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May 25, 2009 | by  | in Opinion |
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The Sartorialist

fashion

I am a true and deep fan of fashion magazines. No online substitute can beat the high gloss pages and perfectly primed women which lie enshrined in a printed publication. But unfortunately, spending 10+ dollars per issue (keeping in mind that I don’t stop at just buying one magazine, I often get several kinds) is a luxury which is fast becoming detrimental to my near-empty bank account.

When times are tough (AKA when I am spending responsibly) I often head to The Sartorialist (www.thesartorialist.blogspot.com) for my fashion fix. This online blog was started by New Yorker Scott Schuman, who after 15 years in high-end fashion sales and marketing, decided to close his showroom and focus on photography.

Schuman never had aspirations of becoming a ‘fashion photographer’ as such but felt that there was a disconnection between what he had been selling in the showroom, and what “really cool people” were wearing in real life.

This resulted in the birth of his online blog in 2005, which features photographs of people from the streets of New York, Paris, Milan, Sydney and beyond. Schuman treats the city streets as a catwalk, capturing the looks which define (or redefine) contemporary fashion and style.

Schuman’s vision when he began his blog was to shoot style in the way that most designers sought inspiration, and that gave a wider audience inspiration in the process. As a clear indicator of his achievement, The Sartorialist was named one of Time Magazine’s Top 100 Design Influencers.

Although there are similar blog concepts which concurrently exist on the internet, there is something about Schuman’s photographic skill, choice of subject, and his impeccable eye for style which makes his blog particularly popular.

For the most part, Schuman’s blog is devoid of fashion commentary. He chooses to let the images speak for themselves.
This is an element of the blog I quite enjoy—when something is aesthetically pleasing I don’t think it needs a synopsis. People are left to decide whether they like the image or not, and I don’t believe that any amount of discussion on ‘colour’ and ‘texture’ will change people’s opinion on whether an outfit looks good or not.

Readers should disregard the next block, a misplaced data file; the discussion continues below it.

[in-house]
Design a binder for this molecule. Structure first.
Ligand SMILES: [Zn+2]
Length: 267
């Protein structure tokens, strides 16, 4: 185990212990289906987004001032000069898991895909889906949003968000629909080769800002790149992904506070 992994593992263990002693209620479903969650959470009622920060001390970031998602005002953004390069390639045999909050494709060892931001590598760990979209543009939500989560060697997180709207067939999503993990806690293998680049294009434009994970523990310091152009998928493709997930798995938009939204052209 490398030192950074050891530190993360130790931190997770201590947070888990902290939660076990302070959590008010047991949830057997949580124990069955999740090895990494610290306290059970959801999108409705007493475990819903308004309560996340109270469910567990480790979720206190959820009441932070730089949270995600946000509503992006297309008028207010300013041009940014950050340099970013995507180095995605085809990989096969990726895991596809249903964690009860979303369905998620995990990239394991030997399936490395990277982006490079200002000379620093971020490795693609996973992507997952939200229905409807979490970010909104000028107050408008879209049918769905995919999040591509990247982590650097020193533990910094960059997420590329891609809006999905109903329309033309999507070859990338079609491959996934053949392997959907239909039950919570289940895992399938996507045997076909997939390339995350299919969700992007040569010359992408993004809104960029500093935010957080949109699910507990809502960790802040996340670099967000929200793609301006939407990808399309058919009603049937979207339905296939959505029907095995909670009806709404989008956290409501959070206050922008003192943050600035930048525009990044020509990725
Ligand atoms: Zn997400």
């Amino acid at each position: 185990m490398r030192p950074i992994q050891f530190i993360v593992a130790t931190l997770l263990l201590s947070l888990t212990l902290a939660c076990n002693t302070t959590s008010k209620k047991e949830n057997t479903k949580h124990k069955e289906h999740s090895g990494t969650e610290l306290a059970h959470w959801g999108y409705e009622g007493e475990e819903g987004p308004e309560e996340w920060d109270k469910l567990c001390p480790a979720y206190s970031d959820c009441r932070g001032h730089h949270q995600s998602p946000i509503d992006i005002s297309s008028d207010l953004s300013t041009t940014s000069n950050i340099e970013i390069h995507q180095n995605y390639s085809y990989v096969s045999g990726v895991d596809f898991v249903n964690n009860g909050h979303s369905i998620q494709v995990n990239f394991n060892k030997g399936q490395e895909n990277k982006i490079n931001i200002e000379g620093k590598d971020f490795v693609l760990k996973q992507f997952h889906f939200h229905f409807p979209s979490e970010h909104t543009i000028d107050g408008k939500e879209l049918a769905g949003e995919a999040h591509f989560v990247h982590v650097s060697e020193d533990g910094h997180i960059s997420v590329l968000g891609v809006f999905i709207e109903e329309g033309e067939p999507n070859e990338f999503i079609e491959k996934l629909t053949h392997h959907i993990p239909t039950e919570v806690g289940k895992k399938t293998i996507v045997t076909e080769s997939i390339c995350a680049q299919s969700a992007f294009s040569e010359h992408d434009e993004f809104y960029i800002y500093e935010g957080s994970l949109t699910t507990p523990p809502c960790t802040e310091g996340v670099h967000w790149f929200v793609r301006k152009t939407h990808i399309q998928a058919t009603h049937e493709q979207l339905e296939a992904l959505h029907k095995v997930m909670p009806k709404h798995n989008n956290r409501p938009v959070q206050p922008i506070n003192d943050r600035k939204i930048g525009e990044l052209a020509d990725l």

There is almost something redundant about commentating on fashion images, and if anything, they tamper with the totality of a well styled outfit by dissociating the elements of the outfit from one another.

A friend of mine who is also involved in fashion writing has a different view. He believes that posting photographs of well dressed people online but offering no comment is a copout. There is little value in an image out of context, and not offering an opinion is the easiest way to appeal to the masses, in his opinion. There is obvious truth in what he’s saying—there is no cutting-edge fashion journalism on The Sartorialist; in fact the images offer no claim of being the looks of the future. It is easy to argue then that Schuman’s blog is little more than self-indulgence photography…. but I don’t think anyone is claiming otherwise.

It is a truly opulent vocation to be able to travel the world, snapping shots of the well dressed, and although some of the hard work is removed when he chooses not to act as ‘supreme judge of fashion’, it is exactly that which draws in his viewers; well, me anyway. I’m not on his blog to read a comprehensive discussion on the pros and cons of the outfit, I’m there to draw inspiration from lived-fashion, to see styled outfits outside of editorial magazines, and to make my own mind up whether I like the photographs or not without the rants of some self-acclaimed fashion expert.

Opinion is a fantastic thing and this is definitely not an anti-opinion piece (that would be too ironic seeing as this entire column is my opinion). In fact, with an average of 40 comments per photograph The Sartorialist is very open to viewer thoughts. Keep in mind, however, that there is nothing greater than a well written, informed, and insightful fashion article, so although I encourage you all to check out The Sartorialist, don’t stop purchasing your fabulous and glossy mags and taking the creepy (yet mandatory) new-smell sniff when you get home. That’s something you definitely shouldn’t do online. Ever.

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